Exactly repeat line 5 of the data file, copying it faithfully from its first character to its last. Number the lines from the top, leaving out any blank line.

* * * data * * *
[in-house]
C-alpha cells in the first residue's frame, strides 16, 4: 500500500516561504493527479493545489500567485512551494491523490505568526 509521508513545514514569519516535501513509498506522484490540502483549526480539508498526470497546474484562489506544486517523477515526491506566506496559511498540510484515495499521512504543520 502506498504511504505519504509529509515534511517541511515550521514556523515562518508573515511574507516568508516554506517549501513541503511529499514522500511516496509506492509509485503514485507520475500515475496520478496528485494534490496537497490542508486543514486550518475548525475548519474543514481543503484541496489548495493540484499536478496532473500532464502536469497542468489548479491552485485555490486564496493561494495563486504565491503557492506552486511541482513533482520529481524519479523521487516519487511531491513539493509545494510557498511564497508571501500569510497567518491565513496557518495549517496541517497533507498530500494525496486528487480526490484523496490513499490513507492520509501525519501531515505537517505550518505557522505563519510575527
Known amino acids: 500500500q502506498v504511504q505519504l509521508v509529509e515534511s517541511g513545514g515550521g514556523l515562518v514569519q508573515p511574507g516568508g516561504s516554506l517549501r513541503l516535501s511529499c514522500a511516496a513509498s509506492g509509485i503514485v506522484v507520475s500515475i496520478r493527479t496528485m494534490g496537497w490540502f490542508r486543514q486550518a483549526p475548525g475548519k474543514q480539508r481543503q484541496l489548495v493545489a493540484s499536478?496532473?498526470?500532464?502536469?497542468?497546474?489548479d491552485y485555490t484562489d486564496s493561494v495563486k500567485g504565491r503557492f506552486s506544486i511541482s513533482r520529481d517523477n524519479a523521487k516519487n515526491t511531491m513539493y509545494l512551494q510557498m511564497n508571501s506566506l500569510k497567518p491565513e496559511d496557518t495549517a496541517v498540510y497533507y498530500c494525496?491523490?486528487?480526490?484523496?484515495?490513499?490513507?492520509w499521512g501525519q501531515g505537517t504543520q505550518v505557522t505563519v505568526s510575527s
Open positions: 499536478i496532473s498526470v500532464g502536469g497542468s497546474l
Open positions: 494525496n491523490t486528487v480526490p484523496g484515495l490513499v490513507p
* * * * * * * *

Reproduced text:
Open positions: 494525496n491523490t486528487v480526490p484523496g484515495l490513499v490513507p